ALSPs are finding new ways to serve both law firms and corporate legal departments
Alternative legal services providers now make up a US $20.6 billion segment of the legal market and growth is accelerating dramatically, according to the Alternative Legal Services Providers 2023 Report.
ALSPs experienced a compounded annual growth rate (CAGR) of 20% from 2019-2021, a significant jump from the 15% CAGR from 2017-2019.
The report states that ALSPs are finding new ways to serve both law firms and corporate legal departments, and the boundaries between all three are becoming increasingly blurred. Independent ALSPs are the largest segment, making up 87% of the ALSP market. While captive ALSPs owned by law firms are the smallest part of the market, they are also the fastest-growing – up nearly six-fold since 2015.
“Both law firms and in-house counsel are increasingly seeing the value of alternative legal services providers,” said James W. Jones, a senior fellow at the Center on Ethics and the Legal Profession at Georgetown Law. “Meanwhile, ALSPs are expanding the services they offer to law firms and legal departments by providing specialized services, improving cost efficiency, and delivering greater flexibility in headcount.”
A growing percentage of law firms of all sizes expect to either maintain or increase their ALSP spend. Among the largest law firms, 26% plan to increase spending on ALSPs, while only 3% foresee decreased use.
For corporate legal departments, the picture is mixed. Corporate law departments that are not currently using ALSPs report increased interest in doing so. However, among corporations that already use ALSPs, 21% plan to increase their ALSP spend, while a roughly equal percentage (22%) are either decreasing spend or are unsure of their spending plans. The report suggests corporations may be reaching an inflection point to reassess the value and appropriate uses of ALSPs.
For law firms, most of the top use cases have remained fairly steady, including e-discovery, legal research, litigation & investigation, and document review & coding. However, consulting on legal technology is now one of the fastest-growing use cases. More than half of large law firms (51%), and about a third of midsize (37%) and small firms (31%), have used ALSPs for this service. The most common uses are for outsourcing technology support, technology training, and learning about what legal technologies are available in the market.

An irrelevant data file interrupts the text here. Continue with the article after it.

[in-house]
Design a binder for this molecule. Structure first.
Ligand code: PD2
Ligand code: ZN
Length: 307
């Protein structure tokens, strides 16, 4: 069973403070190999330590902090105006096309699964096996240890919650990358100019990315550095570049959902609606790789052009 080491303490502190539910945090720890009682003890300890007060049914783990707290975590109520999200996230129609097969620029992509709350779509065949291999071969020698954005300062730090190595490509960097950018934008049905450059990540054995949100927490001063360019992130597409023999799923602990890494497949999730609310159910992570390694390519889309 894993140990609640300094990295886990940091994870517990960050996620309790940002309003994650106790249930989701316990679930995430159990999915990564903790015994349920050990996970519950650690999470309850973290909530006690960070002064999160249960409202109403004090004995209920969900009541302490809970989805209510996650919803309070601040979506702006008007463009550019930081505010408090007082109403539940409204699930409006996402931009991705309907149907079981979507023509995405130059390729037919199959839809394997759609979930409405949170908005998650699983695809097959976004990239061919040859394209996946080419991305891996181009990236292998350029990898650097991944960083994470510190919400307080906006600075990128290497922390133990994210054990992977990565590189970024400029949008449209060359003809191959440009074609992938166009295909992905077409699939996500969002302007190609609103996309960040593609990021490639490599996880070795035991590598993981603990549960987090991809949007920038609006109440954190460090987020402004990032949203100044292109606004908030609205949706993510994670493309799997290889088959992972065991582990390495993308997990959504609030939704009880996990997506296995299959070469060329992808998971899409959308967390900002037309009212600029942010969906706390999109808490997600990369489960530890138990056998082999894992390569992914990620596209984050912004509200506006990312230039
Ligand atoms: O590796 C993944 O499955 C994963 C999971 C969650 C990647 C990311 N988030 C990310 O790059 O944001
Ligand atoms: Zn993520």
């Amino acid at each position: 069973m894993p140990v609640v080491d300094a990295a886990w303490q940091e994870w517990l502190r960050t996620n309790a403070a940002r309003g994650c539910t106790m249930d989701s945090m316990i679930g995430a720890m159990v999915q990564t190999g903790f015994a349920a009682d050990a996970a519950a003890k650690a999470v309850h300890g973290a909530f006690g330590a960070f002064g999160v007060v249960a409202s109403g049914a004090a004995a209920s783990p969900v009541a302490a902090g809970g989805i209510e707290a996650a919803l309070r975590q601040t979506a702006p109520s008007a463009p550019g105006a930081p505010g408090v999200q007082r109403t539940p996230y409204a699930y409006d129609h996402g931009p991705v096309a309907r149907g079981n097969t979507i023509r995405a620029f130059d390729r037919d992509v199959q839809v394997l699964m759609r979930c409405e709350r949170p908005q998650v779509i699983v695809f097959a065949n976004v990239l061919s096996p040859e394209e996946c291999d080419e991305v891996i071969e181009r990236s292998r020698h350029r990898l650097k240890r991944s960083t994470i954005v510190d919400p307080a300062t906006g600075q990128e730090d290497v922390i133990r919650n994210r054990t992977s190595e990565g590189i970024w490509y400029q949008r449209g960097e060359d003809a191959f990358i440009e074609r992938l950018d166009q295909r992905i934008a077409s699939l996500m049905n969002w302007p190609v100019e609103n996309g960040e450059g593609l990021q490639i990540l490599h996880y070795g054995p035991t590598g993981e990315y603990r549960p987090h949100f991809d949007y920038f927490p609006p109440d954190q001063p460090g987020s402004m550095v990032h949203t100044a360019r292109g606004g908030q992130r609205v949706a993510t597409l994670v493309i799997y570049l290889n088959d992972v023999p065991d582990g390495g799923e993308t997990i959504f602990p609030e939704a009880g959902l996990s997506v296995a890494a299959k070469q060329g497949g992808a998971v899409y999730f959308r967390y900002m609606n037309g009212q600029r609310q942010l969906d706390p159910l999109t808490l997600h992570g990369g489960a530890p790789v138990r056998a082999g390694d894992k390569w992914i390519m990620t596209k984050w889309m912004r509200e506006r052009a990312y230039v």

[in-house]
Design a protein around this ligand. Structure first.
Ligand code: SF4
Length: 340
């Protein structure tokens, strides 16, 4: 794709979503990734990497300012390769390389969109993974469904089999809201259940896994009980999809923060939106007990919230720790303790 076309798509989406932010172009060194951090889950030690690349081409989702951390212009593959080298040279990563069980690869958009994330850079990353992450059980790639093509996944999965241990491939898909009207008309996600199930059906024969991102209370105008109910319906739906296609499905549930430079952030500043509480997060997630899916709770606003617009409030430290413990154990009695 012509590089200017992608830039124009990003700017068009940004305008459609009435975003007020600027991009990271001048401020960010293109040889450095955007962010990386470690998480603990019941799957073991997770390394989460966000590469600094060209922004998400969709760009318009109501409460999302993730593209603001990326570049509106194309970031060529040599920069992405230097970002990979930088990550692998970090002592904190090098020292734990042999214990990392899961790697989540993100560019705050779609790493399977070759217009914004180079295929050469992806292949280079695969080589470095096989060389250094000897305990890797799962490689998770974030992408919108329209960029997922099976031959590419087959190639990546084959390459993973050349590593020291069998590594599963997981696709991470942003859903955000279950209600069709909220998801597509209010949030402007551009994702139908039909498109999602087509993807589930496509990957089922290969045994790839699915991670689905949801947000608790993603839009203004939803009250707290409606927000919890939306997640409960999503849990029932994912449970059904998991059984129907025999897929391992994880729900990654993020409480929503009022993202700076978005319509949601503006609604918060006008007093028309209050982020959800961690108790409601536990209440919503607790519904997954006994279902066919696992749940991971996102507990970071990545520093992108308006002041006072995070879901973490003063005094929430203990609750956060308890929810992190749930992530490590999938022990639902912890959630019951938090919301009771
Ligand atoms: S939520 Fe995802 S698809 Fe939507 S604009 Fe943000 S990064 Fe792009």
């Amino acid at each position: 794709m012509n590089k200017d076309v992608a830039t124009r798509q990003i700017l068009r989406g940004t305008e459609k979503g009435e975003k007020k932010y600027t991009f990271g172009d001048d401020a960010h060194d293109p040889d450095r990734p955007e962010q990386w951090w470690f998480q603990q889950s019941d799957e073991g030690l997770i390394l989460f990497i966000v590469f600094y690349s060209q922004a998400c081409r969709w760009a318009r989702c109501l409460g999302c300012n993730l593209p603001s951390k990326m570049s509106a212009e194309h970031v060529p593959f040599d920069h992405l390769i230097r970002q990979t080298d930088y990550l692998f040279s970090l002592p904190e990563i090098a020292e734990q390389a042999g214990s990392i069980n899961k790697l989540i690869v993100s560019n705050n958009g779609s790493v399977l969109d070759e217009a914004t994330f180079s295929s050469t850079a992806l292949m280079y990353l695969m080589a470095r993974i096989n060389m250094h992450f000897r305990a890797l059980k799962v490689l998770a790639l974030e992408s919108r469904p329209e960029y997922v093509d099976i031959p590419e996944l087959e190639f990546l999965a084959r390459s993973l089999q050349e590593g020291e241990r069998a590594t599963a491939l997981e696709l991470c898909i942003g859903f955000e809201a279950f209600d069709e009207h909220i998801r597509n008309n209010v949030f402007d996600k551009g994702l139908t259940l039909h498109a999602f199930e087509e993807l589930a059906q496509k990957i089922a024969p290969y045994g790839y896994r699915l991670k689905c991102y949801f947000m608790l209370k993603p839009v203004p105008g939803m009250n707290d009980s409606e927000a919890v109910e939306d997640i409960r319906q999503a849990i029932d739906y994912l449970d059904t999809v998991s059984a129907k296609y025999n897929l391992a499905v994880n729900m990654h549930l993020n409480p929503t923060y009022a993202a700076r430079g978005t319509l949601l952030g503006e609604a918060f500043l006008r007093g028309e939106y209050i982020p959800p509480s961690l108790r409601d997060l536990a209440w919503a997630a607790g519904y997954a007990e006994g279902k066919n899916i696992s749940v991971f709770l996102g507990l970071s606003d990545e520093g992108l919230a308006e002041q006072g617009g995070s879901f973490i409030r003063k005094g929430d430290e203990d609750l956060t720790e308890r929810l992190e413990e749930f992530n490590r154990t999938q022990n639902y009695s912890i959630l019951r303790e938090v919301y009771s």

“ALSPs are demonstrating value in helping law firms identify and implement the right technology solutions as well as providing training and support,” said Michael Abbott, head of the Thomson Reuters Institute. “The ALSP market increasingly includes software companies and providers of comprehensive legal technologies. Law firms – both large and small – view this specialized tech expertise as a means to help them more rapidly adopt technologies that can enable them to provide quality legal work with greater scale and efficiency.”
Use of ALSPs is strongest in the United States for both law firms and corporations, ahead of the UK and Canada. However, usage varies; for example, legal research is the top use case in both the UK and Canada, with e-discovery being the top use case in the United States. Law firms in all three countries expect their use of ALSPs to continue to rise, particularly in the United States.
The report is issued biennially by the Thomson Reuters Institute; the Center on Ethics and the Legal Profession at Georgetown Law; and the Saïd Business School, University of Oxford.